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United States v. Chavez

United States District Court, W.D. Kentucky, Louisville Division

November 29, 2018

UNITED STATES OF AMERICA Plaintiff
v.
LEDINSON CHAVEZ Defendant

          MEMORANDUM OPINION AND ORDER

          Rebecca Grady Jennings, District Judge United States District Court.

         On August 30, 2018, a jury convicted Defendant, Ledinson Chavez, of conspiracy to commit health care fraud in violation of 18 U.S.C. §§ 1347 and 1349 (Count 1), health care fraud in violation of 18 U.S.C. §§ 1347 and 2 (Count 2), aggravated identity theft in violation of 18 U.S.C. §§ 1028A(a)(1), 1028A(c)5, and 2 (Count 13), and conspiracy to commit money laundering in violation of 18 U.S.C. §§ 1956(h) and 1956(a)(1)(B)(i) (Count 16). [DE 399, Jury Verdict; DE 207, Indictment]. Chavez now moves for an order compelling the United States to produce documents cataloguing the items in Sergio Betancourt's possession at the time of each of his arrests. [DE 398]. The United States filed a Response [DE 411], and Chavez did not file a reply. Chavez also moves for judgment of acquittal on Count 13 under Federal Rule of Criminal Procedure 29 [DE 410] and judgment of acquittal on Count 16 under Rule 29 or, in the alternative, a new trial on Count 16 under Rule 33 [DE 451]. The United States filed Responses [DE 419; DE 455], and Chavez filed Replies [DE 438; DE 460]. These matters are ripe for adjudication.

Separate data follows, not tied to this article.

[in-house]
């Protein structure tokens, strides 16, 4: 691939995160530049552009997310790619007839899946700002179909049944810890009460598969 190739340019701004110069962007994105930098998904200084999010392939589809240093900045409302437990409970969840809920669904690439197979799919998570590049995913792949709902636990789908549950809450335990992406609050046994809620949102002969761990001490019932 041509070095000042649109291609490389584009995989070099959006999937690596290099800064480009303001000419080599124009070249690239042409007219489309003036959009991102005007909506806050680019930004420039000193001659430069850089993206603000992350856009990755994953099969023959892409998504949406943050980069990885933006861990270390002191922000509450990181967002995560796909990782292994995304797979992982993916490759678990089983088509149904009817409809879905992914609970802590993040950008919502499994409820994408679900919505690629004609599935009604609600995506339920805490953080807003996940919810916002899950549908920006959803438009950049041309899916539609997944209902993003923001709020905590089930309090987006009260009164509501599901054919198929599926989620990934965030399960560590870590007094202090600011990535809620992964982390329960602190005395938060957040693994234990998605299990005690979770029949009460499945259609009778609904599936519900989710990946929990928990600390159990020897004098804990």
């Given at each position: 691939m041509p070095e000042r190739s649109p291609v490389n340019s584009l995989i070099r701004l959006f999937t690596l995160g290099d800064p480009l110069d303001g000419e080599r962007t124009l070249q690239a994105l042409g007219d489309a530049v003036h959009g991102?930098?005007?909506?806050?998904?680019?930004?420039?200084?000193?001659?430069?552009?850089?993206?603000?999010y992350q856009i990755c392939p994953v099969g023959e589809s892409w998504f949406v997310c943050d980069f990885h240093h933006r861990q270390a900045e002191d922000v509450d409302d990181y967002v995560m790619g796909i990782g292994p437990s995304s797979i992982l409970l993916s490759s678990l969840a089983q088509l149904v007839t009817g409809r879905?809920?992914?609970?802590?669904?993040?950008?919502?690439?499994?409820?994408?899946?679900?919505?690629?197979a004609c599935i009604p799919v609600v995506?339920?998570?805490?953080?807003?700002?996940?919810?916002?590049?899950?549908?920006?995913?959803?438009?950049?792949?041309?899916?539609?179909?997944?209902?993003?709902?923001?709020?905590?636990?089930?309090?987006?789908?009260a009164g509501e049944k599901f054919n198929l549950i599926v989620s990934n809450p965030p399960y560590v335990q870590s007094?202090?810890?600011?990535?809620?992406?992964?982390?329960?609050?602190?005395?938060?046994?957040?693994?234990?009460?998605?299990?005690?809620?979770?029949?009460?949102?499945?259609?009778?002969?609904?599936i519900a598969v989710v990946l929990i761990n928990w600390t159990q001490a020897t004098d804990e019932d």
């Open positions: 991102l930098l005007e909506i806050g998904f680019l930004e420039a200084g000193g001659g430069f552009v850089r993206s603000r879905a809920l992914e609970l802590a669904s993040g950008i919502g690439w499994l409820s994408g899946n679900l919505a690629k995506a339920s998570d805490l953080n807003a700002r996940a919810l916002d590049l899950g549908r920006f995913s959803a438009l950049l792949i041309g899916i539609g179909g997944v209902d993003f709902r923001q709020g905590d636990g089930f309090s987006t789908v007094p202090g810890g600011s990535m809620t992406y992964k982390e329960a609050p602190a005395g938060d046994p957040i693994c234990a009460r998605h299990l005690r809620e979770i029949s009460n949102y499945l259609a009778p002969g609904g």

Having considered the parties' filings and the applicable law, the Court DENIES Chavez's Motion for Documents Reflecting Inventory of Items in the Possession of Sergio Betancourt on Each Date of His Arrest [DE 398]; DENIES Chavez's Motion for Judgment of Acquittal on Count 13 [DE 410]; and DENIES Chavez's Motion for Judgment of Acquittal or for a New Trial on Count 16 [DE 451].

         DISCUSSION

         A. Motion for Documents Reflecting Inventory of Items in the Possession of Sergio Betancourt on Each Date of His Arrest

         Chavez has filed a Motion seeking “inventories of items seized from Sergio Betancourt at the time of his arrest in June 2015 as well as during his arrest in 2017.” [DE 398 at 2891]. Chavez argues these documents are “material to preparing the defense.” Id. The United States has filed a Response, arguing that Rule 16 does not require it to produce documents at this stage of the proceedings-i.e., after a jury has already found Chavez guilty. [DE 411 at 3001-02]. The United States also asserts that even if Rule 16 did require disclosure at this stage, the documents requested are not material to preparing Chavez's defense. Id. at 3003. Regardless, the United States claims that the documents sought do not exist, and Rule 16 does not require the whole cloth creation of such documents. Id. at 3002-04. Finally, the United States claims that Chavez may obtain any existing documents by contacting the Deputy Marshals involved in coordinating Sergio Betancourt's 2015 and 2017 arrests. Id.